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LAST_UPDATEThu, 20 Jul 2017 10pm

Review: 'Transformers: The Last Knight' Reaches New Levels Of Badness

Mark Wahlberg returns as good guy Cade Yeager in 'Transformers: The Last Knight.' (Photo: Paramount Pictures)Mark Wahlberg returns as good guy Cade Yeager in 'Transformers: The Last Knight.' (Photo: Paramount Pictures)If Optimus Prime, Autobot leader and all-around mensch, really wanted to save humanity, he would have stopped director Michael Bay around four Transformers movies ago.

The quality took a precipitous drop after the strong first live-action film in 2007, and while it’s not as mind-numbingly offensive as the Revenge of the Fallen sequel, the new fifth installment Transformers: The Last Knight (* out of four; rated PG-13; in theaters nationwide now) is an exhausting marathon of complete nonsense. Even if you love alien robots punching each other while tossing out insipid one-liners, it’s a painfully long two and a half hours where the biggest problem isn’t a lack of plot but way too many of them.

In terms of manly manhood, Mark Wahlberg continues to be a cut above original star Shia LaBeouf. A hero of the last film Age of Extinction, Wahlberg’s inventor Cade Yeager is running a junkyard and harboring Autobot fugitives like his bud Bumblebee (who still communicates via random old movie lines) and cigar-chomping Hound (voiced by John Goodman) when the world deems Transformers illegal after all the wanton damage their battles cause. The government, however, has no qualms about partnering with evil Decepticon leader Megatron (Frank Welker), though he’s tried to take over the globe multiple times.

But Decepticons aren’t even one of Cade’s top five issues. After his allies — including feisty Izabella (Isabella Moner) and comic relief Jimmy (Jerrod Carmichael) — are attacked by Megatron's minions, Cade is inexplicably whisked away to England to partner with haughty history professor Vivian Wembley (Laura Haddock) and oddball lord Sir Edmund Burton (Anthony Hopkins). In rambling fashion, Edmund gives the rundown on how Transformers have been a part of history since the Dark Ages and now their home of Cybertron is a few days out from smacking Earth Armageddon-style.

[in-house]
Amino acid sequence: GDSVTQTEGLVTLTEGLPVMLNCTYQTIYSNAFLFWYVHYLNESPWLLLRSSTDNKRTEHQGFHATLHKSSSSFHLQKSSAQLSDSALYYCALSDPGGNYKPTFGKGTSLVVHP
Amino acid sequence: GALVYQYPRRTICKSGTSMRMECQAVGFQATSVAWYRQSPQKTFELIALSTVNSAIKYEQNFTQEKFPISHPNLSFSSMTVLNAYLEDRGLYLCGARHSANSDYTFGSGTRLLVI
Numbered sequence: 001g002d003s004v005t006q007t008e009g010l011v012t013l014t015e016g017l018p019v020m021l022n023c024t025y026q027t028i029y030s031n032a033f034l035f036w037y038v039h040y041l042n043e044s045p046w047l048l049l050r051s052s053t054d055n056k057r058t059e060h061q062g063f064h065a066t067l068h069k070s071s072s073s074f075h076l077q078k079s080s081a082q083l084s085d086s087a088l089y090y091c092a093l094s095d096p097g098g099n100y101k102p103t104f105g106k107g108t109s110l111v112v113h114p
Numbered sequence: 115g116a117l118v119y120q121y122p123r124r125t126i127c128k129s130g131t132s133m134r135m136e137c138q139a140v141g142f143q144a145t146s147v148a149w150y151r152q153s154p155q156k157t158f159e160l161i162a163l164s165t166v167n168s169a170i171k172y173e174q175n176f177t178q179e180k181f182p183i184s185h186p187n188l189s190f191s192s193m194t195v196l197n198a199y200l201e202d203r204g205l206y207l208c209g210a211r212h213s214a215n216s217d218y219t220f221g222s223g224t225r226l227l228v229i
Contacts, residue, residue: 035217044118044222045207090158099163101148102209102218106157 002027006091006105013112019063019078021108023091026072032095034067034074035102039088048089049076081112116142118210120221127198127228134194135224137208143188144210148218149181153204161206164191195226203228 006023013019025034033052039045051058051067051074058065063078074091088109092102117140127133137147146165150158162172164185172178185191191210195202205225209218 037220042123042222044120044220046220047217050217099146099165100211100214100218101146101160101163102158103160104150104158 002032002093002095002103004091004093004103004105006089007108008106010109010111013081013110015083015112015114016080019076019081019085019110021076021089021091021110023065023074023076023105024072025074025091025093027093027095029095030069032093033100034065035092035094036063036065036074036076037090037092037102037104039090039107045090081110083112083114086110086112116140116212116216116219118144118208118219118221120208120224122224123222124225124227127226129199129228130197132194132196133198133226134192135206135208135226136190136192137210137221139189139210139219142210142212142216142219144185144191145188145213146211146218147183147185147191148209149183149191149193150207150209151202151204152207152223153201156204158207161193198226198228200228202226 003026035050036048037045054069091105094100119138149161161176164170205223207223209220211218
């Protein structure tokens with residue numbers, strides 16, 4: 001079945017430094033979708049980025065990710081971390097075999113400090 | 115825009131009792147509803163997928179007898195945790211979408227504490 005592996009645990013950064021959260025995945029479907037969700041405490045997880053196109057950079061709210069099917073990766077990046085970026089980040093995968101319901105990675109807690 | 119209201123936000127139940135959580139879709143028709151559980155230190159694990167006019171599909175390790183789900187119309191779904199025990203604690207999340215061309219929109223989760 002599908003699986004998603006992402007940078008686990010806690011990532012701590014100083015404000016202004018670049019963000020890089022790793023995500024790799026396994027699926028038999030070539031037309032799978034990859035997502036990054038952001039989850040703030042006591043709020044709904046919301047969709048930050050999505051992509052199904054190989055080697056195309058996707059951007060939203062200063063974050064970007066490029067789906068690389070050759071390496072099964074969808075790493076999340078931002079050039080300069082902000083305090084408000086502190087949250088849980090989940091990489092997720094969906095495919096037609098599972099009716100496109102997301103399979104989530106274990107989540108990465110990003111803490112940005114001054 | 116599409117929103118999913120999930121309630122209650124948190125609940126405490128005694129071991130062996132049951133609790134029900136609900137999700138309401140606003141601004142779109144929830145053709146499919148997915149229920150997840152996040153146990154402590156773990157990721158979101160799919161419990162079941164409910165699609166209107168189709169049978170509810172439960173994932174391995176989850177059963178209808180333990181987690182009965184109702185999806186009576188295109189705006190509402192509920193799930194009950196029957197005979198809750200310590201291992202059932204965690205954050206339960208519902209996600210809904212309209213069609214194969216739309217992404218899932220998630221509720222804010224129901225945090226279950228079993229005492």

Sir Edmund Burton (Anthony Hopkins) and his buddy Hot Rod in 'Transformers: The Last Knight.' (Photo: Paramount Pictures)Sir Edmund Burton (Anthony Hopkins) and his buddy Hot Rod in 'Transformers: The Last Knight.' (Photo: Paramount Pictures)

Also not helping: Optimus (Peter Cullen) has been turned into the super-bad Nemesis Prime, and Cade’s crew has to find an ancient magical staff, save the world and give Optimus a hug.

Grounding Transformers lore within the annals of civilization — i.e., Bumblebee fighting the good fight in Nazi Germany — is at least one good idea explored amid a dizzying amount of awful. For every intriguing theme, there are about 20 ludicrous concepts.

But Last Knight is a filled bingo card of badness. Characters disappear for half the movie, then return when narratively necessary. A trip back to the time of King Arthur — who, fun fact, had a three-headed Transformer dragon — is ruined with a drunken Merlin (Stanley Tucci). The mighty Dinobot Grimlock is relegated to being the family dog. In one scene, Cade calls Vivian’s tight outfit a “stripper dress,” a misogynistic comment that’s oddly uncalled for and decidedly out of character.

The final act is a non-stop, special-effects bludgeoning of the senses that is zero fun. And the movie introduces the most annoying Transformer ever, Sir Edmund’s robot bodyguard Cogman (voiced by Jim Carter, aka Downton Abbey’s lovably crusty Carson).

Worst of all? That Last Knight title is a misnomer: Bay has warned that this is his franchise finale, Wahlberg is tapping out, but the climax clearly sets up a sixth Transformers.

Thanks for nothing, Prime.

-USA Today